At Slocum Center for Orthopedics & Sports Medicine, our specialty-trained orthopedic foot specialists are highly skilled in treating injuries caused by diabetes. The Slocum Center doctors are recognized throughout the Eugene area as leaders in performing specialized foot and ankle procedures. That means your treatment will be provided by a team whose extraordinary base of shared knowledge and experience is virtually unmatched in the area.
People with diabetes should regularly monitor their feet, as the consequences of foot injuries can be severe, including amputation.
Minor injuries can quickly become major emergencies. Diabetes decreases blood flow, so injuries can be slow to heal. With a diabetic foot, a wound as small as a blister can cause a lot of damage. A wound that is not healing is at risk of infection, which can spread quickly.
People with diabetes should inspect their feet every day, looking for puncture wounds, bruises, pressure areas, redness, warmth, blisters, ulcers, scratches, cuts, and nail issues. Feel each foot for swelling. Examine between toes. Check the bottom of each foot. Avoid tight shoes that may cause pressure and damage the skin.
If there are any injuries, see a doctor right away.
Diabetic patients should take good care of their feet:
- Wash feet every day with mild soap and warm water. Be sure to dry between toes.
- Use quality lotion to keep the skin soft and moist. Do not apply lotion between the toes.
- Trim toenails straight across. Use a nail file or emery board. If you find an ingrown toenail, see a doctor.
- Don't use antiseptic solutions, drug store medications, heating pads, or sharp instruments on your feet.
- Keep your feet warm. Wear loose socks to bed. Don't get your feet wet in snow or rain.
- Keep blood supply flowing to your feet. Don't sit cross-legged or smoke.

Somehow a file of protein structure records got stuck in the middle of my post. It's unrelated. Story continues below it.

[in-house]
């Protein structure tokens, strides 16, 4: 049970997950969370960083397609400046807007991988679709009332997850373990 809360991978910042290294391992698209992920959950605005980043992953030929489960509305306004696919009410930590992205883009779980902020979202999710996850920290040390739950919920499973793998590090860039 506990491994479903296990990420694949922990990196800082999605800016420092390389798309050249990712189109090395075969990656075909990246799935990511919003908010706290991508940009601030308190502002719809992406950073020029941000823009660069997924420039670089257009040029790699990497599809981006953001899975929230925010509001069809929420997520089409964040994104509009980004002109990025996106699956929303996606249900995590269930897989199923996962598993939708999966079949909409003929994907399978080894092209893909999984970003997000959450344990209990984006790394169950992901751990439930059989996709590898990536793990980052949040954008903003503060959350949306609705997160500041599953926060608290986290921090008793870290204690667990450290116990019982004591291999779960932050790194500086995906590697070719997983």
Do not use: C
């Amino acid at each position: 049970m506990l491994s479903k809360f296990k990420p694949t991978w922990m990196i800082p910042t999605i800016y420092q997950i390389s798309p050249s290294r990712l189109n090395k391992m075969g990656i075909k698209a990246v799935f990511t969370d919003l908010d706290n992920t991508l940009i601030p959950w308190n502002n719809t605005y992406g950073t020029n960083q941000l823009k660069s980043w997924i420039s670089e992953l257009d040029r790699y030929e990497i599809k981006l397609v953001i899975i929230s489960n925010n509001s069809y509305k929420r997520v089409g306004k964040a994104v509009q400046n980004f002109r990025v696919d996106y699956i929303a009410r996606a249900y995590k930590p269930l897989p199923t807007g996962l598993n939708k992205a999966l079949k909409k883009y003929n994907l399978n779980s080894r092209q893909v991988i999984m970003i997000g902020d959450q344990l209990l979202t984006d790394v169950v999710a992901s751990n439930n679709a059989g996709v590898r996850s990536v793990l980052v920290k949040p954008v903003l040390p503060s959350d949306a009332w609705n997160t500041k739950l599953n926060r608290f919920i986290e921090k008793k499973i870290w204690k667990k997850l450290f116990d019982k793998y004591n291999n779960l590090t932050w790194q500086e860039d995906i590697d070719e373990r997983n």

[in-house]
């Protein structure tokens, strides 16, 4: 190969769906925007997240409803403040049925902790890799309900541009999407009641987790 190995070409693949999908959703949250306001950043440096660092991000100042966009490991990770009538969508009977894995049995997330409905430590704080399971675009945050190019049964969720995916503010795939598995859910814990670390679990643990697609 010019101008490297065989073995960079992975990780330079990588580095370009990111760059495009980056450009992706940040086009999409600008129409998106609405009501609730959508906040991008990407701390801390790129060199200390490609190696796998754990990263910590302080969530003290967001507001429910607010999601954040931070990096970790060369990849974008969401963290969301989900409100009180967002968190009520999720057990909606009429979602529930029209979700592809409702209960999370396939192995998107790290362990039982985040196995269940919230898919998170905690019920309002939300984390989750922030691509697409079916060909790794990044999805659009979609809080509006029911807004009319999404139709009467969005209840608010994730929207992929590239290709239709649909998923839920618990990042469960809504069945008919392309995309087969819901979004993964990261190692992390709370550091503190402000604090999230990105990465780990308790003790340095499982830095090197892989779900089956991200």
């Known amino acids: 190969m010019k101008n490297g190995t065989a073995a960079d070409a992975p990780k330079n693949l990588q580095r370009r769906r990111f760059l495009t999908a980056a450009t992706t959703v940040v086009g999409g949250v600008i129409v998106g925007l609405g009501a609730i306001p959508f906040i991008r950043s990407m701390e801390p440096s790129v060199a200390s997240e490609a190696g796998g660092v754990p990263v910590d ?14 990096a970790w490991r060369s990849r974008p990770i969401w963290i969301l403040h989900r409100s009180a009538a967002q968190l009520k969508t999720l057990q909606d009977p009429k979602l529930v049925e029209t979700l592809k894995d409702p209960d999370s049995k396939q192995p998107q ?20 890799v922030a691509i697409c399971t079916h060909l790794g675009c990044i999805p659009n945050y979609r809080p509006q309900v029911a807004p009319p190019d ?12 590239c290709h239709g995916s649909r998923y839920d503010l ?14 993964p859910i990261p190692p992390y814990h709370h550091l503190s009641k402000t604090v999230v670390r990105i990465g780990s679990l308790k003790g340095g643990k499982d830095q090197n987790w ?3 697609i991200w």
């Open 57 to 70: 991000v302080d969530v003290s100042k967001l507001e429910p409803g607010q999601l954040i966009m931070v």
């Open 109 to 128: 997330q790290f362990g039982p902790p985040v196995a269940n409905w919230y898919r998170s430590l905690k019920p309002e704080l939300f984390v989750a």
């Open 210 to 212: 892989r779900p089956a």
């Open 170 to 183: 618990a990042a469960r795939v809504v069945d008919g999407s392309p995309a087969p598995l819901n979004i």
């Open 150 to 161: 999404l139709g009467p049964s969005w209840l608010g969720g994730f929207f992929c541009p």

Here is some basic advice about shoes and socks: Never walk barefoot or in sandals or thongs. Choose and wear your shoes carefully. Buy new shoes late in the day when your feet are larger. Wear new shoes for only two hours or less at a time. Don't wear the same pair every day. Inspect the inside of each shoe before putting it on. Don't lace your shoes too tightly or loosely. Wear clean, dry socks every day. Avoid socks with holes or wrinkles. Thin cotton socks are more absorbent for summer wear. Square-toed socks will not squeeze your toes. Avoid stockings with elastic tops.
Ulcers can cause infection to develop in the foot. Another problem is the development of Charcot (pronounced "sharko") change in the foot and ankle. This is one of the most serious foot problems a diabetic can face. It deforms the foot because the bones fracture and disintegrate. Unfortunately, the person experiences no pain and continues to walk.
A total contact cast may be used to treat diabetic foot ulcers and early phases of Charcot fractures. These can be effective in the healing process by distributing weight and relieving pressure. The cast is changed as the swelling goes down.
A custom-walking boot may be used after the total contact cast to support the foot until the swelling subsides, which can take as long as a year. Surgery is considered if the deformity is too severe for a brace or shoe.